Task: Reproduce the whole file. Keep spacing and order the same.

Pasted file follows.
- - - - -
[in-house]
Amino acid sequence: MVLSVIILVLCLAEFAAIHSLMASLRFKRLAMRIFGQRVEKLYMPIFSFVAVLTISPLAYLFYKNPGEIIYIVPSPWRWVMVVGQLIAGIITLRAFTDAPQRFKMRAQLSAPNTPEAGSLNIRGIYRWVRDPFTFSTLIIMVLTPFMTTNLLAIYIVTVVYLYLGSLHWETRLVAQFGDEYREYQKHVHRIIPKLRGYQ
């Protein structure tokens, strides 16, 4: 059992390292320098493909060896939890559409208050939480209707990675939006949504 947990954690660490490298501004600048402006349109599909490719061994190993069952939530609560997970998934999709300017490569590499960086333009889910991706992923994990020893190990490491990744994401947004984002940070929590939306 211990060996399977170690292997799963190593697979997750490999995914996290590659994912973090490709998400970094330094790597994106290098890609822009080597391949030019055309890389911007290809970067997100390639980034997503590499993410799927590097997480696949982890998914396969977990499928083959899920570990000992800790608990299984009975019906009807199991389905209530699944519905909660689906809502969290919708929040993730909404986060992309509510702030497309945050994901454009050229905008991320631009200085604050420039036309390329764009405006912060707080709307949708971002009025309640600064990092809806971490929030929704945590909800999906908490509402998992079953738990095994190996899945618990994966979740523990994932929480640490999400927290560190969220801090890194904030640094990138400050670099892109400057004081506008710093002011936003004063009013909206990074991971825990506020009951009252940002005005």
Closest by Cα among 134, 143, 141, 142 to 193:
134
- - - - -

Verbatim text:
[in-house]
Amino acid sequence: MVLSVIILVLCLAEFAAIHSLMASLRFKRLAMRIFGQRVEKLYMPIFSFVAVLTISPLAYLFYKNPGEIIYIVPSPWRWVMVVGQLIAGIITLRAFTDAPQRFKMRAQLSAPNTPEAGSLNIRGIYRWVRDPFTFSTLIIMVLTPFMTTNLLAIYIVTVVYLYLGSLHWETRLVAQFGDEYREYQKHVHRIIPKLRGYQ
């Protein structure tokens, strides 16, 4: 059992390292320098493909060896939890559409208050939480209707990675939006949504 947990954690660490490298501004600048402006349109599909490719061994190993069952939530609560997970998934999709300017490569590499960086333009889910991706992923994990020893190990490491990744994401947004984002940070929590939306 211990060996399977170690292997799963190593697979997750490999995914996290590659994912973090490709998400970094330094790597994106290098890609822009080597391949030019055309890389911007290809970067997100390639980034997503590499993410799927590097997480696949982890998914396969977990499928083959899920570990000992800790608990299984009975019906009807199991389905209530699944519905909660689906809502969290919708929040993730909404986060992309509510702030497309945050994901454009050229905008991320631009200085604050420039036309390329764009405006912060707080709307949708971002009025309640600064990092809806971490929030929704945590909800999906908490509402998992079953738990095994190996899945618990994966979740523990994932929480640490999400927290560190969220801090890194904030640094990138400050670099892109400057004081506008710093002011936003004063009013909206990074991971825990506020009951009252940002005005």
Closest by Cα among 134, 143, 141, 142 to 193:
134